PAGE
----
Today we learn a bit more about author Stefan Lear. Welcome. We're glad to have you with us. Please tell us a bit about your books.
The stories that I create are dark in nature. Foolhardiness is now mixed with that love of the grotesque and the terrible which has made my career a series of quests for strange horrors in literature and in life. I live in the shadows of the land between dark and light.
How long have you been writing?
That’s sort of a loaded question. The first time I remember writing and being proud of what I had written was somewhere in the third grade (I’m in my fifties now). Our mother used to sit us down on Wednesdays at the coffee table in the living room and have us write. We could pick our own topic, and Momma would require us to write a one page paper on our cho-sen subject. She would grade us for spelling and grammar. I think my most memorable paper at that age was “When I become a rock star.”
How many hours a day do you write?
It varies. I try to stay in my chair and pumping out words at least seven hours a day, but under a tight deadline have stayed up for fifty-two hours straight to pump out edited words.
Who is your favorite author and have you tried emulating him?
That would be Clive Barker. Emulate him? I couldn’t even begin to think that I could write like him. The visual tapestry his words conjure are as close to magical for me as any magic show I’ve ever seen. He writes the most psychologically dense horror stories I’ve ever read. He weaves nightmares and philosophy into new worlds that teem with life and menace and hope.
What has been the most difficult scene you've written?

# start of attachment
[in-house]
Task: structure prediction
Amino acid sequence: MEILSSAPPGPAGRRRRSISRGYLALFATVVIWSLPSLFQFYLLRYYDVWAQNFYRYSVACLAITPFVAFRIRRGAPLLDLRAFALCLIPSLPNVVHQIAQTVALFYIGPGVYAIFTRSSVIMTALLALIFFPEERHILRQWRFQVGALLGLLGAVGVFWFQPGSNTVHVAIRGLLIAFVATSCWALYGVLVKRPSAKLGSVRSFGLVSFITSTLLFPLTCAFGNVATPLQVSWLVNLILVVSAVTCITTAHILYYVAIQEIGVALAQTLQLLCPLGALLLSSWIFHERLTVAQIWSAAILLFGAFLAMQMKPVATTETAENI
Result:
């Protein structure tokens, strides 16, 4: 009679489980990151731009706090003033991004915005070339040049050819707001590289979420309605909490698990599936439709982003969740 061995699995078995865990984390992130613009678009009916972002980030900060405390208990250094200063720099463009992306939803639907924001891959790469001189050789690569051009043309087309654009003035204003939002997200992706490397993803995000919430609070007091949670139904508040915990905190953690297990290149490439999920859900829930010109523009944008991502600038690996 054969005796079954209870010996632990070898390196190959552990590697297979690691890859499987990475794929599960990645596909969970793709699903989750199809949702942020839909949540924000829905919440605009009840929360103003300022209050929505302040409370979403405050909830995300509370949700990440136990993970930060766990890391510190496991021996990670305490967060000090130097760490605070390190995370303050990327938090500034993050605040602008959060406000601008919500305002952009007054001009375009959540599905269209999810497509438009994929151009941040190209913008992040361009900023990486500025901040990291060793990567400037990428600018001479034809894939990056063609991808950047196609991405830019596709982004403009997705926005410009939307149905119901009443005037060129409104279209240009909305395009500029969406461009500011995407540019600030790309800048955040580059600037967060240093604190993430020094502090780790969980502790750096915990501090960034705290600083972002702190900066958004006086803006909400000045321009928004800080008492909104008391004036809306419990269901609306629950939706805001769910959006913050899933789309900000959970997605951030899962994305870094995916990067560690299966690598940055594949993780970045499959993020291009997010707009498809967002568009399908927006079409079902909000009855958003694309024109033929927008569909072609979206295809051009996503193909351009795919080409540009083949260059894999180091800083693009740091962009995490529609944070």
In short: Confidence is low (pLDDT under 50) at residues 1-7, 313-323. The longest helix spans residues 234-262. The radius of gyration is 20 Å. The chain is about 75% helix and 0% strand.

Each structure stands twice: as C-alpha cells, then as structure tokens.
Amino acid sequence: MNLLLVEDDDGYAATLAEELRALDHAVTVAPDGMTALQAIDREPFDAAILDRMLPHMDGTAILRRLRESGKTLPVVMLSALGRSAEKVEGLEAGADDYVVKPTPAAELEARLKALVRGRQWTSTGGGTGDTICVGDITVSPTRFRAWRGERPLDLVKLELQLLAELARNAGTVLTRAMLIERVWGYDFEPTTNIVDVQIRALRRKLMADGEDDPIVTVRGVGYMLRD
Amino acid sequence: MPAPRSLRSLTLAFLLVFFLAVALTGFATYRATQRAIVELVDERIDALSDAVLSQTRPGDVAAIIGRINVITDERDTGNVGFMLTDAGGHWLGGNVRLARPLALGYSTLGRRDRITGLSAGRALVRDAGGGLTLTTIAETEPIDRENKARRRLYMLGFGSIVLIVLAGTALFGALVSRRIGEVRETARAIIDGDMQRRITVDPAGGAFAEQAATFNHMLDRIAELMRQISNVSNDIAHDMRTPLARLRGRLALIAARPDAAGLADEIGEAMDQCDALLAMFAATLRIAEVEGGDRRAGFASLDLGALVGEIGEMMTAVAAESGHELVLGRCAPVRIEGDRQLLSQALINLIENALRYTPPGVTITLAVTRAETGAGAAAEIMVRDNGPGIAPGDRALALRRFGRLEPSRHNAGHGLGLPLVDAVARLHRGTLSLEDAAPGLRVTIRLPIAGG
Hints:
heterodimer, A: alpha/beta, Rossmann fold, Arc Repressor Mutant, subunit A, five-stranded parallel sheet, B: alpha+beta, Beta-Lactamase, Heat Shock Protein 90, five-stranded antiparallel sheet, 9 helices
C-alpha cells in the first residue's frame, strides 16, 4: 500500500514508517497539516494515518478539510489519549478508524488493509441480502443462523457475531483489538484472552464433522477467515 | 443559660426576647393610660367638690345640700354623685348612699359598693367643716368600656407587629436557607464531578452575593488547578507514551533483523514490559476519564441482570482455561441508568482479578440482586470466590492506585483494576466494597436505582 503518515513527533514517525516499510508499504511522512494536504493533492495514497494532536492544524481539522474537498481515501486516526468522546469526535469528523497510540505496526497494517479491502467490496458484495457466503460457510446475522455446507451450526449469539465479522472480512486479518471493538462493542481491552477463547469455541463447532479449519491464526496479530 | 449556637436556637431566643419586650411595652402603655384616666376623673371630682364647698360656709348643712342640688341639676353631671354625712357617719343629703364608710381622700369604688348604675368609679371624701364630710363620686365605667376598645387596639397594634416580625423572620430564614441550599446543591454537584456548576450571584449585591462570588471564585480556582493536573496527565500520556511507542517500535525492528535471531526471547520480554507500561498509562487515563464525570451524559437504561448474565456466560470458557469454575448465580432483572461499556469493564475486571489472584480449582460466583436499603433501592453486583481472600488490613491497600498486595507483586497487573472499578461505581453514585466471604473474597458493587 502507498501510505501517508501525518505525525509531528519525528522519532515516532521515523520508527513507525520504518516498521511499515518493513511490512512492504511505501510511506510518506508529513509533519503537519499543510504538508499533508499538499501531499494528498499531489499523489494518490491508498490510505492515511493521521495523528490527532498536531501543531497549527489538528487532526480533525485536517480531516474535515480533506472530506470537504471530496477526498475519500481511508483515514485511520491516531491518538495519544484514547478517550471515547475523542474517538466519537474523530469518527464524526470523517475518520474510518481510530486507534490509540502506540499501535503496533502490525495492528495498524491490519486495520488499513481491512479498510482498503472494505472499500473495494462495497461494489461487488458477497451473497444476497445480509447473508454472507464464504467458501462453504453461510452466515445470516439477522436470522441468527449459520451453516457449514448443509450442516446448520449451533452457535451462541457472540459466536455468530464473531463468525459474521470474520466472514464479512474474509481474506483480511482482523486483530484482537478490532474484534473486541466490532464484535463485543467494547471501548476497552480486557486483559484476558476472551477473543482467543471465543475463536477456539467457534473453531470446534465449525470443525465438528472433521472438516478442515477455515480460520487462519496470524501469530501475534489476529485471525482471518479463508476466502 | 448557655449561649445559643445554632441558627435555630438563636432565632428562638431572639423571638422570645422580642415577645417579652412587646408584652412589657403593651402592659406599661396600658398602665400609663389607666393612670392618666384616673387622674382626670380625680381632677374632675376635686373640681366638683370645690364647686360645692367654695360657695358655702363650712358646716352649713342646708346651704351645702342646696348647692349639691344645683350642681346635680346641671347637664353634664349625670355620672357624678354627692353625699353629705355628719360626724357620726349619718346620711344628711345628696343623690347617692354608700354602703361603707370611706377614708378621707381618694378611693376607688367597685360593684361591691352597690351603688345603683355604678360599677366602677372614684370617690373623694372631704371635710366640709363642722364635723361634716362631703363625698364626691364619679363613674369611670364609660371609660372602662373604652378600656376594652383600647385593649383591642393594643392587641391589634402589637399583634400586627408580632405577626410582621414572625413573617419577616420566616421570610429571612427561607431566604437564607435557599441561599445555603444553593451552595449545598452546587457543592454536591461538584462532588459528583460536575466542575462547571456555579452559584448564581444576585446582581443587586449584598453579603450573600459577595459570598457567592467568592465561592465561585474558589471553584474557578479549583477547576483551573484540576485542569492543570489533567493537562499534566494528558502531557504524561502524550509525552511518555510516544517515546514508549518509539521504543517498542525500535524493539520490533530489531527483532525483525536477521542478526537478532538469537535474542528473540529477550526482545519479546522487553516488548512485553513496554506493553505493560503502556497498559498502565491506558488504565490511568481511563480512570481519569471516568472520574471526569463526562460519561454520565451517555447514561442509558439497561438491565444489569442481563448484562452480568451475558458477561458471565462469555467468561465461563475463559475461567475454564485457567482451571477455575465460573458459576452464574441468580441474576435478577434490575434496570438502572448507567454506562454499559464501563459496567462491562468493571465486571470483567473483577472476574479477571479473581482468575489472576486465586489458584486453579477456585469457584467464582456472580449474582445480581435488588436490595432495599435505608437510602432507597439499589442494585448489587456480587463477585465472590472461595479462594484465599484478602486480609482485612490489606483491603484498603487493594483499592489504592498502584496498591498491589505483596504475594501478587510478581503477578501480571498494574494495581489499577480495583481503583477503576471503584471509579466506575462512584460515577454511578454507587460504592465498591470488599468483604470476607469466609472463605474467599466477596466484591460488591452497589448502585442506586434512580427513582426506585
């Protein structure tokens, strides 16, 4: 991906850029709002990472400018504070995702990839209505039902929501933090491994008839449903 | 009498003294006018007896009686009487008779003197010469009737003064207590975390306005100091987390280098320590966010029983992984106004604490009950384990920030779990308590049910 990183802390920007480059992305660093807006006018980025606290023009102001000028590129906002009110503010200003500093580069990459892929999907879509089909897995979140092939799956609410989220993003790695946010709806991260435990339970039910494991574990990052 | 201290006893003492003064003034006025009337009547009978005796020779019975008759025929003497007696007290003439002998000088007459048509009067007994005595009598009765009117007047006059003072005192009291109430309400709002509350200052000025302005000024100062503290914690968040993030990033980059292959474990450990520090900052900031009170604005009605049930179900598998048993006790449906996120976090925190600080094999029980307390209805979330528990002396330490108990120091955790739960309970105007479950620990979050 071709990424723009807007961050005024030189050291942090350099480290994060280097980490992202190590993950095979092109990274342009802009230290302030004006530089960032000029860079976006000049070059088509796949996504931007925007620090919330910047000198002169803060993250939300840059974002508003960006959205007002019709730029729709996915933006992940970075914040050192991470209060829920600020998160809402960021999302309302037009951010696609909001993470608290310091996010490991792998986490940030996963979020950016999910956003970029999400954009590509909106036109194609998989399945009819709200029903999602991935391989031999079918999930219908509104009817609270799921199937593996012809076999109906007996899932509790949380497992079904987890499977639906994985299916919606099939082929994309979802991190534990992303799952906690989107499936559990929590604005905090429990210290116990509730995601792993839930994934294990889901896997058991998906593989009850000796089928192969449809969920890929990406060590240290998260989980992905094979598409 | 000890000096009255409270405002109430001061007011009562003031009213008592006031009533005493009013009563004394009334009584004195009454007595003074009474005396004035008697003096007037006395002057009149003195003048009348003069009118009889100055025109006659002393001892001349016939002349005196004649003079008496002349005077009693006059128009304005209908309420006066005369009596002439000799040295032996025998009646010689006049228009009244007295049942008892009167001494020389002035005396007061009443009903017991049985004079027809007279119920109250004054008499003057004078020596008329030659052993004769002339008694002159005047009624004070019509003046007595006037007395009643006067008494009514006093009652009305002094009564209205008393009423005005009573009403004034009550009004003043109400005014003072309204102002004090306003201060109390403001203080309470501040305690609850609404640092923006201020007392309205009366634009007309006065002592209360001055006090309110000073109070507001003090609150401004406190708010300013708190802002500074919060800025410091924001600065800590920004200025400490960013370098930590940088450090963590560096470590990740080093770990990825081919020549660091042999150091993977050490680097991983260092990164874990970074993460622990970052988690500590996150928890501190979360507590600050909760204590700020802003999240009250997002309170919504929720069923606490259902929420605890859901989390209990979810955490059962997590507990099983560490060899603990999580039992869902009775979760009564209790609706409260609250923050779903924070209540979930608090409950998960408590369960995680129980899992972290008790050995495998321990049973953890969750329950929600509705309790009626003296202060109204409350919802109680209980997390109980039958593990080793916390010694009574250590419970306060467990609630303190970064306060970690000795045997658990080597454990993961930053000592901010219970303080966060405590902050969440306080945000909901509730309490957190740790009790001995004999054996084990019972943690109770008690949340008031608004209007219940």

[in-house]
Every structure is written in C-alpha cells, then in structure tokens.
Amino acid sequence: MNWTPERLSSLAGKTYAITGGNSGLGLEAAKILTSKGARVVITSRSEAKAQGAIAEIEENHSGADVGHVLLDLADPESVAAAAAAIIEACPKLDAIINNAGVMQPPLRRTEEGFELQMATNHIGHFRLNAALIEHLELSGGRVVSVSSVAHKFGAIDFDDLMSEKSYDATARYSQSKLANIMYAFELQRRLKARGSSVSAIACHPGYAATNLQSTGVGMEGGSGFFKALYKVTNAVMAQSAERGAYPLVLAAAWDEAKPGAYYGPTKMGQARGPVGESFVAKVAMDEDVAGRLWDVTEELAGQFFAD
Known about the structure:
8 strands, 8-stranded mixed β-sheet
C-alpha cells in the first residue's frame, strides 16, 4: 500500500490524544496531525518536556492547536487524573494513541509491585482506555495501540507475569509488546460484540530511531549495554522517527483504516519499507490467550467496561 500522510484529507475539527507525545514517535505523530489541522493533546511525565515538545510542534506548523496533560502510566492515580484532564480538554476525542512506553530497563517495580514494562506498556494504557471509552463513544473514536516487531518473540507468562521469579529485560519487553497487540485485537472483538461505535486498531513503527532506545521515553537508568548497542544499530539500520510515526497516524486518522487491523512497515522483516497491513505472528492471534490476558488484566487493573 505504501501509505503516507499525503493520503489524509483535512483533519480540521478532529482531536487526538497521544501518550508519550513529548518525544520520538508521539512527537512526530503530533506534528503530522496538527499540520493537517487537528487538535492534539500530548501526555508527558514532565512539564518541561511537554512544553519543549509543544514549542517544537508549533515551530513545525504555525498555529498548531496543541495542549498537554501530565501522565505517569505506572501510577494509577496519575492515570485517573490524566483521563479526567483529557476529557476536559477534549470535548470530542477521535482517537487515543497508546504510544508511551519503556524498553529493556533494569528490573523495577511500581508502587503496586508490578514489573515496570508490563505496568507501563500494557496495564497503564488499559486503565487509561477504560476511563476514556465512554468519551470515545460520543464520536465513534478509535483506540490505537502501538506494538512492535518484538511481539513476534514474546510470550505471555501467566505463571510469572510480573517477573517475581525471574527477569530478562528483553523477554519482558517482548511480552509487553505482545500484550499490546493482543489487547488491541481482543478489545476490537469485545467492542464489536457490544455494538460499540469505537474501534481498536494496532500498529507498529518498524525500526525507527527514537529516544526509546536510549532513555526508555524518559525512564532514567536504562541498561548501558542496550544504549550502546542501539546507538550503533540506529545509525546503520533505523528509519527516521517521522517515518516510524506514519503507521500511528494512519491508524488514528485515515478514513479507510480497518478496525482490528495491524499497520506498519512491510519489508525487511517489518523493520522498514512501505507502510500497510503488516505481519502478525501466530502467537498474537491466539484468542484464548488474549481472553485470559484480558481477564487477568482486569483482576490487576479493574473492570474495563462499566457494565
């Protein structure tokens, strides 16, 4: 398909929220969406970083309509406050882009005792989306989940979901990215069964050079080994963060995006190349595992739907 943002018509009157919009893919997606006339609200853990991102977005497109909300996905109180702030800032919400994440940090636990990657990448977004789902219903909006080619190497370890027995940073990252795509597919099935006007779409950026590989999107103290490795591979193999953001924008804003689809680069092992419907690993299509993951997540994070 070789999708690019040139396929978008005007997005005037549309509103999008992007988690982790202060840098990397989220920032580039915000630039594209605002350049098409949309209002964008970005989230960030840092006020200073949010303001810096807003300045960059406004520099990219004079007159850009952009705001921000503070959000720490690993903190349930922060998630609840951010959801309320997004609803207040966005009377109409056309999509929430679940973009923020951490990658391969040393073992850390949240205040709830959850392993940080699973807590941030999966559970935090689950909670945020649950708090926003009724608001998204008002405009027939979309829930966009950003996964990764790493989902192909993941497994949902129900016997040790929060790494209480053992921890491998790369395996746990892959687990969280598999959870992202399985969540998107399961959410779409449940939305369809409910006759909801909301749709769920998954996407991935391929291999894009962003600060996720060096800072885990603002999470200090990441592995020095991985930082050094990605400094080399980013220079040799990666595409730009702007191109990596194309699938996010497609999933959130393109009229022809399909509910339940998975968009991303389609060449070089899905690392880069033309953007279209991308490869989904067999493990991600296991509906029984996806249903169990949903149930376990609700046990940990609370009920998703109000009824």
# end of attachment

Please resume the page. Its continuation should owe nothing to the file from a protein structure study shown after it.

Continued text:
It hasn’t been written yet - or more precisely, it hasn’t been released yet.
Let me explain that. My middle sister (I had three) was violently murdered on July 2, 2017. I know how she got to that point, all the big events that led up to her being where she was, in the condition she was in, when she was murdered, and I was helpless to do anything about it.
I’m working on a novel that dives in-depth about the subject. It’s a work of fiction, but there are thinly veiled events that happened in real life that heavily influenced the narrative. It’s an exploration of what I feel around the events, and each time I work on the novel I end up crying, have to stop, and set it aside. After a year, the pain of losing my sister still overwhelms me at times.
Is there anything you'd like to add before we close?
I think my books are damn good and getting better. Second, I don’t follow one genre. You never know what I’ll write. But there is always darkness in them. Not everything ends nicely and neatly. Life is full of tragedies and personal disappointments. But there is always hope. I like to cover all aspects of that, of life.
Thank you for being with us today, Stefan.
Thank you for having me.
Stefan enjoys hearing from his readers and may be contacted at:
***Recommended for readers 18 years and older***
Evil is a constant, not a concept, and Evil won't stop until Paul Logan is destroyed.
When his girlfriend is violently murdered by a hound of hell, Paul Logan discovers he can wield magic. Since then, not everything is what it seems. In fact, nothing is as it seems.
With the help of a mentor, he struggles to learn about his new powers. But when the man who murdered his mother reappears, will he be able to control what happens next.
In a battle filled with blazing guns and formidable magic, Paul attempts to destroy the Evil that wants him dead. His life hinges on his success or failure.